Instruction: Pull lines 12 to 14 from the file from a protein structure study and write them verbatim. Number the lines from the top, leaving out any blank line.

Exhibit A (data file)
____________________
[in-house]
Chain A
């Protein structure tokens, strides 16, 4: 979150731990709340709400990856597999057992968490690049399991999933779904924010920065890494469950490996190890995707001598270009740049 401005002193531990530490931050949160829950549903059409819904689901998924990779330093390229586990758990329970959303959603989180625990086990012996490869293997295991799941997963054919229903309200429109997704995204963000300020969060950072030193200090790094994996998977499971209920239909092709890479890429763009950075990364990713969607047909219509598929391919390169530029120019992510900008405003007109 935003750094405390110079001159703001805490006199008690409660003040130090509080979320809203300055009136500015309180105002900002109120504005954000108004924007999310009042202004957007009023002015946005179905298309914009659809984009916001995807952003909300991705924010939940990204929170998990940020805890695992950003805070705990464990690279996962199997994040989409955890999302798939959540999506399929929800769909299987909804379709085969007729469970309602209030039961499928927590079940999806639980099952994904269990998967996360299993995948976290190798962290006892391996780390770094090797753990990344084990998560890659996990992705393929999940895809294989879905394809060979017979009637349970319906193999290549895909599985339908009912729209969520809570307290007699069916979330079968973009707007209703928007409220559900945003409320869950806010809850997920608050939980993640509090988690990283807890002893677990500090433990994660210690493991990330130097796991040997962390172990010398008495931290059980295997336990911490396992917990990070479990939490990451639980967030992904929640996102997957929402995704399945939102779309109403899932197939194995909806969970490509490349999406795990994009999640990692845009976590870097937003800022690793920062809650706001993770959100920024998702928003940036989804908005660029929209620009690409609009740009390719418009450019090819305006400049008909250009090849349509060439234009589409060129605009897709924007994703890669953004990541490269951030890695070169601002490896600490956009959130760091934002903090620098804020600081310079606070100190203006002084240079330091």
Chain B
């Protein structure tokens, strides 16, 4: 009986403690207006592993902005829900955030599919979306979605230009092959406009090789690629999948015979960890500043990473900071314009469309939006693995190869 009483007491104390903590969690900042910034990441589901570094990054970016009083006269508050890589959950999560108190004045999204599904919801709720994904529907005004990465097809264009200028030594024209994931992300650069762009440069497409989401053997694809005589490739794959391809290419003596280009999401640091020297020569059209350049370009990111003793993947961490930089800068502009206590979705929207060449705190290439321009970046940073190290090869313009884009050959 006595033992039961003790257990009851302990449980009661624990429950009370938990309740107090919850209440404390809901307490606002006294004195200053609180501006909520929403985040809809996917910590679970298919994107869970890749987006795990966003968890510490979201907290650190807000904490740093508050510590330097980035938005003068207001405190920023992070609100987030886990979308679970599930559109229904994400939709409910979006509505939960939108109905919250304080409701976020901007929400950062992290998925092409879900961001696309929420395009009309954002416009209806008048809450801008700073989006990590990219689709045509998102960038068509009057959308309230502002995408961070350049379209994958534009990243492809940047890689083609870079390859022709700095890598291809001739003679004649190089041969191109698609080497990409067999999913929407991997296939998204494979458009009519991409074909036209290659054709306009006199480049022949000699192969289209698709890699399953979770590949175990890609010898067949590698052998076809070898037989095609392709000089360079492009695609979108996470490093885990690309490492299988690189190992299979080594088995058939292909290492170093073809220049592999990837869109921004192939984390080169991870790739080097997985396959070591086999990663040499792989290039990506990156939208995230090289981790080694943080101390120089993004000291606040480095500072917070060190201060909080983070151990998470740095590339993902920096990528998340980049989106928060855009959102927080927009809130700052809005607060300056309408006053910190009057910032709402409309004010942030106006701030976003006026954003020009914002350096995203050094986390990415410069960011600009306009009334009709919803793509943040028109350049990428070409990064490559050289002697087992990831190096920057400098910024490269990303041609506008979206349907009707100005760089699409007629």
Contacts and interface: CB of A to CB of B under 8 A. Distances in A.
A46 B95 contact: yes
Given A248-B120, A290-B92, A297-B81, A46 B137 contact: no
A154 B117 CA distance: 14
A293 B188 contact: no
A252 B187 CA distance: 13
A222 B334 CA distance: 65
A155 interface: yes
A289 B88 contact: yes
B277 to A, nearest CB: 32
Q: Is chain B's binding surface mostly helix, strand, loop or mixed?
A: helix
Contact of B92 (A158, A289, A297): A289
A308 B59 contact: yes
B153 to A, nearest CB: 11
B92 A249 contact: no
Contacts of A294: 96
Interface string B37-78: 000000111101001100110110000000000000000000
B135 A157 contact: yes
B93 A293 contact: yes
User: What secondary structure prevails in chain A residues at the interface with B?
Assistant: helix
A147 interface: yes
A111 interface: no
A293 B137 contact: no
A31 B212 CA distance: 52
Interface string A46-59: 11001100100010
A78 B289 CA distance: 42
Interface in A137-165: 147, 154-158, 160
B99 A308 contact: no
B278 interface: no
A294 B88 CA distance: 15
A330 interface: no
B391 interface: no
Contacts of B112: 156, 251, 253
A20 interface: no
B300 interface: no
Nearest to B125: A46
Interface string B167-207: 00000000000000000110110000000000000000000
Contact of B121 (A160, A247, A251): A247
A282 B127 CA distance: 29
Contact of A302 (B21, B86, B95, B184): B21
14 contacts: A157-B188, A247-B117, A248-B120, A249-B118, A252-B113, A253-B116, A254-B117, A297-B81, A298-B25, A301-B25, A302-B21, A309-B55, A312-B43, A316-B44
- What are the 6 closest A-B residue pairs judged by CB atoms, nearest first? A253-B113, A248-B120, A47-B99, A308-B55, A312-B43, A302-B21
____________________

A222 B334 CA distance: 65
A155 interface: yes
A289 B88 contact: yes